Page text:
[LAI]. Another interesting connection between the gauge and Lebesgue integrals is given by Theorem 15. Let f : [a, b] —>• R be gauge integrable over [a,b]. If f is gauge integrable over every measurable subset of[a,b] (i.e., ifCsf is gauge integrable over [a,b] for every measurable E C [a, 6]), then f is Lebesgue integrable over [a,b\. See [Gol] p. 146 for a proof.
Exercises 1. Prove Theorem 1 (ii). 2. Evaluate JQ xe~xdx. 3. Let / : J —>• R. Suppose 3A 6 R such that for every e > 0 there are integrable functions g and h with g < f < h and A — e < fTg < fjh < A+e. Show that / is integrable with Jj f = A. 4. Let / : / —» R be integrable over / and suppose that g : I —> R is equal to / except possibly at countably many points in I. Show that g is integrable
with fIg = JI f. 5. Let f(t) = sini if t e [0,1]\Q and f(t) = t if t G Q n [0,1]. Show that / is integrable over [0,1] and calculate JQ f. 6. Can the condition f\(t) > f2(t) for all t e I in Theorem 1 (iv) be relaxed? 7. Suppose J. l/l = 0. Show that / is integrable over I with Jj f = 0. 8. Suppose J.  / — g\ = 0 . Show that / is integrable over I if and only if g is integrable over I with fjf = Jj g. 9. Suppose / : I —> R is nonnegative and continuous on I. It JT f = 0, show that / = 0 on J. Can the nonnegativity assumption be dropped? How about the continuity?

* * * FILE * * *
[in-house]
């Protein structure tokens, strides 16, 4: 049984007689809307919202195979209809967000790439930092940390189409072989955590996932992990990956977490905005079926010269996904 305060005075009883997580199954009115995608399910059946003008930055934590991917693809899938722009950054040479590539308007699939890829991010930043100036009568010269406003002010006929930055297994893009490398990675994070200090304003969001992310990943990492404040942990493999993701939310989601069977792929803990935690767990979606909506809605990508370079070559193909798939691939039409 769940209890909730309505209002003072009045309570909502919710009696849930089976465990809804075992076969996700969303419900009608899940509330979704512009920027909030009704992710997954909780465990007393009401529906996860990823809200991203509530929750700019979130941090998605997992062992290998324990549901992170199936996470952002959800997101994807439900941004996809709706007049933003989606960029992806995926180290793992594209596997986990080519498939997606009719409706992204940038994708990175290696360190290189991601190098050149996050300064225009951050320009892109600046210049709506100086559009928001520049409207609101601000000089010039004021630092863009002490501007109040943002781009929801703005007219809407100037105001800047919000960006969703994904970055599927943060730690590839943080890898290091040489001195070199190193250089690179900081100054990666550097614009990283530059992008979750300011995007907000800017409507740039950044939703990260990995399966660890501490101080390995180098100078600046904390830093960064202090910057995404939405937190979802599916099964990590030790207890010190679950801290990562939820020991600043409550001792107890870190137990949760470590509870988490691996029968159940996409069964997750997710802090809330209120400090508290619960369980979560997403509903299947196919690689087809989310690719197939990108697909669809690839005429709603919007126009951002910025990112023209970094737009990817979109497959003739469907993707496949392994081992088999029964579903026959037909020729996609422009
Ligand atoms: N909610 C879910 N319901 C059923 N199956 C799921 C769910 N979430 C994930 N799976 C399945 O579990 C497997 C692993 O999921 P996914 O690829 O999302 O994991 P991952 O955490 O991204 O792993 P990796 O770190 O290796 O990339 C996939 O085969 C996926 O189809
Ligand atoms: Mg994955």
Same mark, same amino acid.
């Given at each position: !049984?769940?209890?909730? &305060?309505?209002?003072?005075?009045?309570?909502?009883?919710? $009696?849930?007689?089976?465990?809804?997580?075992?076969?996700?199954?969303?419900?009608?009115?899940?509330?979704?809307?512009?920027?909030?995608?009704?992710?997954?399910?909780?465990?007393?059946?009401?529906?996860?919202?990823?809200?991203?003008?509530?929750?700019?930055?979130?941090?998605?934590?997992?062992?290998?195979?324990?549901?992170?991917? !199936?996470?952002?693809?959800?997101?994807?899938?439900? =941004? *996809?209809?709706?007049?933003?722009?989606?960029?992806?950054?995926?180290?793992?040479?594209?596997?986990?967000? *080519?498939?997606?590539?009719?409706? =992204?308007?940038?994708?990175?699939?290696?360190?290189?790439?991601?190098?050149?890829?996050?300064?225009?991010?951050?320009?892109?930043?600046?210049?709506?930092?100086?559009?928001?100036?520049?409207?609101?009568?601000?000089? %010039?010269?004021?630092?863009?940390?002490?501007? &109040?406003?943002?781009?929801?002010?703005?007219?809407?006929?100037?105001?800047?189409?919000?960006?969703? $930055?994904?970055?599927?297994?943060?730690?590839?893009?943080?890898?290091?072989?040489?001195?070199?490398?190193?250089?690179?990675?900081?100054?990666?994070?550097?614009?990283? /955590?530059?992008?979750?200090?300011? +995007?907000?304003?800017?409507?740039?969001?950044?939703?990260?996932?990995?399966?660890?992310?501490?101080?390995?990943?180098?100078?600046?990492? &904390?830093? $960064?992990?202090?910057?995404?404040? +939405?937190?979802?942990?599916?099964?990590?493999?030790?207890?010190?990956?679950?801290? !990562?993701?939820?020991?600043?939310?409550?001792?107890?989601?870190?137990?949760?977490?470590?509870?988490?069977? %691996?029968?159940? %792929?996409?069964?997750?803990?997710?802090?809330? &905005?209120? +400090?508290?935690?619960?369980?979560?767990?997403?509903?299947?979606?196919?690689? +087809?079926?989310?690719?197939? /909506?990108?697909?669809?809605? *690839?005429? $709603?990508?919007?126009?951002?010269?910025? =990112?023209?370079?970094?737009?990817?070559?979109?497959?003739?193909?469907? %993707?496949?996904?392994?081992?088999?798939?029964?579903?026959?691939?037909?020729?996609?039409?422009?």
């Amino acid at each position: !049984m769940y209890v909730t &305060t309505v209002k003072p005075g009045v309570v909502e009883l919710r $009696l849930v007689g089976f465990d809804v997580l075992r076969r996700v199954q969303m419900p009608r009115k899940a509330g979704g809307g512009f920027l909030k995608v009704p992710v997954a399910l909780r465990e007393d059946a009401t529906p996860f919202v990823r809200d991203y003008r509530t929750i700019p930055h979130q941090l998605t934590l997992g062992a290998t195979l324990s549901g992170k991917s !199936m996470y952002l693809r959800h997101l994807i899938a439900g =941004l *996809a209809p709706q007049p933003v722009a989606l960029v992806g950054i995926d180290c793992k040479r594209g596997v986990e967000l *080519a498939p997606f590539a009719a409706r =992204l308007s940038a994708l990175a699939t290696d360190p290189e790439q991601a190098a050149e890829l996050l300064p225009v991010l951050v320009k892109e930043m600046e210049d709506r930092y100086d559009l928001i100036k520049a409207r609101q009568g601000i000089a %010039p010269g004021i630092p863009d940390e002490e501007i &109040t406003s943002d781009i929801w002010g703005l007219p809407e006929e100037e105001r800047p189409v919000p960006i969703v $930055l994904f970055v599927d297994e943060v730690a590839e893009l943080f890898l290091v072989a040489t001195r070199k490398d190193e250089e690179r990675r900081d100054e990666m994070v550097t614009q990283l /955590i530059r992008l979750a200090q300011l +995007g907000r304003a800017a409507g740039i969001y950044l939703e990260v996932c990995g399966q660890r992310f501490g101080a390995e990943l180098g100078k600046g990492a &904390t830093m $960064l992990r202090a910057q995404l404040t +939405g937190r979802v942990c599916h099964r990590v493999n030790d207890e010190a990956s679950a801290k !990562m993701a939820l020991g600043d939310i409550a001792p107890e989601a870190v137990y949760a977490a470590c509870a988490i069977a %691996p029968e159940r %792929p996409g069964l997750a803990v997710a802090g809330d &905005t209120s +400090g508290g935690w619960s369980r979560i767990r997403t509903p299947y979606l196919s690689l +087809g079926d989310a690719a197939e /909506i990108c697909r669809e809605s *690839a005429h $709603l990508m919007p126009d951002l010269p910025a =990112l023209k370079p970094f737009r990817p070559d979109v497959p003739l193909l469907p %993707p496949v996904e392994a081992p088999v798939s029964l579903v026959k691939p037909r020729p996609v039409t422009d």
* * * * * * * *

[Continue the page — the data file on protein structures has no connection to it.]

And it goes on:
Basic Properties of the Gauge Integral
21
10. Let / , g : I » R be continuous with g > 0. Show that 3 t € I such that
tafa = m
Sta
ll. Let f(t) = 1 for 0 < t < 1 and /(*) =  1 for  1 < t < 0. Is the indefinite integral F of / differentiable at £ = 0? Why doesn't this violate Theorem 8? 12. (Linear Change of Variable) Let / : [a, b] —• R be integrable over [a, 6] and let heR. Define / \ : [a + /i, 6 + h] >• R by / h ( t ) = / ( *  /i). Show that fh is integrable with / o / = / o + / l //,. 13. Let / : R > R be continuous and set fk(x) = Jx f • Show that fk » / pointwise on K and the convergence is uniform if / is uniformly continuous. 14. If / : [a, b] * R is continuous,  /  < 1 and / / = (6 — a), what is / ? 15. Let / : [a, 6] —>• R be continuously differentiable with / ( a ) = /(6) = 0. Show that if / a 6 / 2 = 1, then fitf(t)f'(t)dt =  1 / 2 . 16. Let / : [a, 6] —>• R be continuous on [a, b] and differentiable on (o,6). If / ( a ) = 0, /(6) = —1 and J f = 0, show that 3 c e (a, 6) such that / ' W = 0. 17. Let / : [0,1] —>• R be continuous. Let /o = / and fk+i(t) = J0 fk for fc > 0. Show that if fk = 0 for some k, then / = 0. 18. (Dilation) Let / : [a, b] —> R be integrable over [a, b]. For c 7^ 0 let 3(0 = f{°t), o,/c < t < b/c. Show that g is integrable over [a/c,b/c] vith fif(t)dt = cfyceg{t)dt. 19. Show that continuity cannot be dropped in Corollary 11. 20. Let / : [0,1] —¥ R be continuous and increasing. If g{x) = (1/a;) / 0 / for 0 < x < 1, show that g is increasing. 21. Let / : [a, b] —>• R be positive and continuous with M = max{/(£) : a < t < b}. Show that M = lim(/ a 6 /(i)™^) 1 / n  [ H i n t : / > M  £ on some subinterval.] 22*. Let / : I >• R be integrable over R and equal to g : 7 »• R a.e. Show that 5 is integrable over 7 with fIf = JJ g. [See Definition 1.9.]
Chapter 3